I might have over-engineered it, but when I researched it I found that although hundreds of TAs have XPAG engines fitted, no-one had ever written down how they overcame the problem!

I have heard of people using TC brackets but the torque from turning the steering wheel is so great that if the chassis wasn’t reinforced it would flex so much it would be positively dangerous. (When I first fitted my reconstructed bracket, it bent noticeably when turning the steering wheel, which prompted me to have a reinforcing web welded on). Another solution I’ve seen is to cut a slot in the back of the steering column’s outer sleeve where it touches the starter motor, and I’ve also seen one where the TA bracket was retained and the column was jammed so tightly against the starter motor that the engine couldn’t move at all on its front mountings.”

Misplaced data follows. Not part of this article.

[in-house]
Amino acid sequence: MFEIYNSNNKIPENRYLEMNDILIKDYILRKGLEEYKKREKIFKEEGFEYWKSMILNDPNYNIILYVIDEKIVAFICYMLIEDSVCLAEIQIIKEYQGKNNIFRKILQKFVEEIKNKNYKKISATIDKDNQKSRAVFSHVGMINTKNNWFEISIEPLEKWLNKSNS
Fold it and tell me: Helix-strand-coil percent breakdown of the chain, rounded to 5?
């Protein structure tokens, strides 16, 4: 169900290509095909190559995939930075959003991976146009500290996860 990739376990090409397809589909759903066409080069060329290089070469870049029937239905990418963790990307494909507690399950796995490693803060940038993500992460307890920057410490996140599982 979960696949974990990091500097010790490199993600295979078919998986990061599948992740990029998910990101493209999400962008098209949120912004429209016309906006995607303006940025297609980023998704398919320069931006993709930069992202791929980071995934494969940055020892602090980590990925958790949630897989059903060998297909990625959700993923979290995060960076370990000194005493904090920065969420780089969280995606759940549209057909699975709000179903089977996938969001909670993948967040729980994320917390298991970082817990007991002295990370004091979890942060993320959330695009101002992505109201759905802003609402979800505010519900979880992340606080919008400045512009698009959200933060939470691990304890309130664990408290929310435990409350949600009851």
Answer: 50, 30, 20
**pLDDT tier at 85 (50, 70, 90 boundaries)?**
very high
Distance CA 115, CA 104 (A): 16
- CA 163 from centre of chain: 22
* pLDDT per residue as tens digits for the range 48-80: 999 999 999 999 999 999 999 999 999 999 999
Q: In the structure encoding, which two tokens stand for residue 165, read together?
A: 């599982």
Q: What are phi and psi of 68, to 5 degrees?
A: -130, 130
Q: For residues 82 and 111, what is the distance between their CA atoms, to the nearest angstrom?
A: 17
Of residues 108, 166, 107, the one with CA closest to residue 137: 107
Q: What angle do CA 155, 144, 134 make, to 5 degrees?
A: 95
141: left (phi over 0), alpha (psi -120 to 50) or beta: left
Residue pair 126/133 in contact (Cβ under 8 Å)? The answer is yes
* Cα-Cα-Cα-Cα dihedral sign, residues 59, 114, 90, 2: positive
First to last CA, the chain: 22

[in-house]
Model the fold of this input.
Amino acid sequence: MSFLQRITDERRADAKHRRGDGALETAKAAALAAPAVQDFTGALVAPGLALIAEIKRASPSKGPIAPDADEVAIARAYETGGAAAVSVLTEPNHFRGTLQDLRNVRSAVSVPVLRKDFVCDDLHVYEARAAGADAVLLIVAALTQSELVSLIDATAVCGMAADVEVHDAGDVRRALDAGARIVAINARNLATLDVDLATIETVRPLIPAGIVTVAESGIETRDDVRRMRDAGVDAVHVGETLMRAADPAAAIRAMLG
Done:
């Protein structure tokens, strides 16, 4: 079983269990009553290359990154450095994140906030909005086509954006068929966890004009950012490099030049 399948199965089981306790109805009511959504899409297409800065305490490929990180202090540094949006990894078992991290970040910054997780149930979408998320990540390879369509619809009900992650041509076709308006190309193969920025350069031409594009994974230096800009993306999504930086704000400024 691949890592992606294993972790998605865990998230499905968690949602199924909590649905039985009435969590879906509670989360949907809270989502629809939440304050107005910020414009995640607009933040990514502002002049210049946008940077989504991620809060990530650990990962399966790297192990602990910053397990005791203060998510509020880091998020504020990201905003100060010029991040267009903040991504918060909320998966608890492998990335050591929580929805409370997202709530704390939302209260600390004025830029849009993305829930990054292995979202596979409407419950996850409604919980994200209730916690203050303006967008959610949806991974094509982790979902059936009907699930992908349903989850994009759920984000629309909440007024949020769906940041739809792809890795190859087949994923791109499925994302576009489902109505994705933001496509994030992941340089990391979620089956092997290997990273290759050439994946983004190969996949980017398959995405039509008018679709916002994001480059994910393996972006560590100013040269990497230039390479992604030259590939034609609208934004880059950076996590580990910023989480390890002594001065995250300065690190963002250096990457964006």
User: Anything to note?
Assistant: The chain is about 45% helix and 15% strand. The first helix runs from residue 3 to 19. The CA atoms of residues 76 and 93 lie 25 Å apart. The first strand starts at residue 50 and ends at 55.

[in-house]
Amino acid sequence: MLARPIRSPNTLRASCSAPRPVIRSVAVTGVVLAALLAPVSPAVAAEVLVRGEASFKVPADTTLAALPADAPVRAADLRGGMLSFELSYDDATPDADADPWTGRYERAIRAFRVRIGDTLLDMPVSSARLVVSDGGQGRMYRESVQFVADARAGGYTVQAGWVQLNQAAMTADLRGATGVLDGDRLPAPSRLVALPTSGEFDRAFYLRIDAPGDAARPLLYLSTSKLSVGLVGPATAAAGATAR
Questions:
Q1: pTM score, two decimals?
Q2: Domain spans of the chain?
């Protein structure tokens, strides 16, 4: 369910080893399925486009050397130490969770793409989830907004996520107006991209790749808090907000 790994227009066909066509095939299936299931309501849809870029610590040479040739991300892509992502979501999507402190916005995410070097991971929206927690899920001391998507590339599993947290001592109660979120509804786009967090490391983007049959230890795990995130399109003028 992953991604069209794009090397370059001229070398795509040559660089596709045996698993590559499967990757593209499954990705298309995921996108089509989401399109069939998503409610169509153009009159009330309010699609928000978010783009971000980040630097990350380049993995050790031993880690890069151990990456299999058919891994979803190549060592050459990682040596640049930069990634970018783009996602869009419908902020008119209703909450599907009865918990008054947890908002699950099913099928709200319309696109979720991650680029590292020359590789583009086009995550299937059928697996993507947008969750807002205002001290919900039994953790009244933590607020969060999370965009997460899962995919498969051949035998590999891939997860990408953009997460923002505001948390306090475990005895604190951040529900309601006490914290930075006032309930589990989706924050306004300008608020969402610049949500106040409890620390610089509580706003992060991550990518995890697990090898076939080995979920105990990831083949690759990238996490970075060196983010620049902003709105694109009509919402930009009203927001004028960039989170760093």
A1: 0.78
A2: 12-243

(Pics 06 and 07 show the final fitting)

Pics 03 & 04 – Stewart’s acquired home-made bracket, which he modified and strengthened.

Pic 05 – new and old clamping plate.

Pics 06 & 07 showing final fitting.

Ed’s further note: Perhaps this is an opportune moment to remind readers that when modifications to the standard arrangement have been carried out, it is most definitely advisable to notify your insurance provider with full details of the modification(s).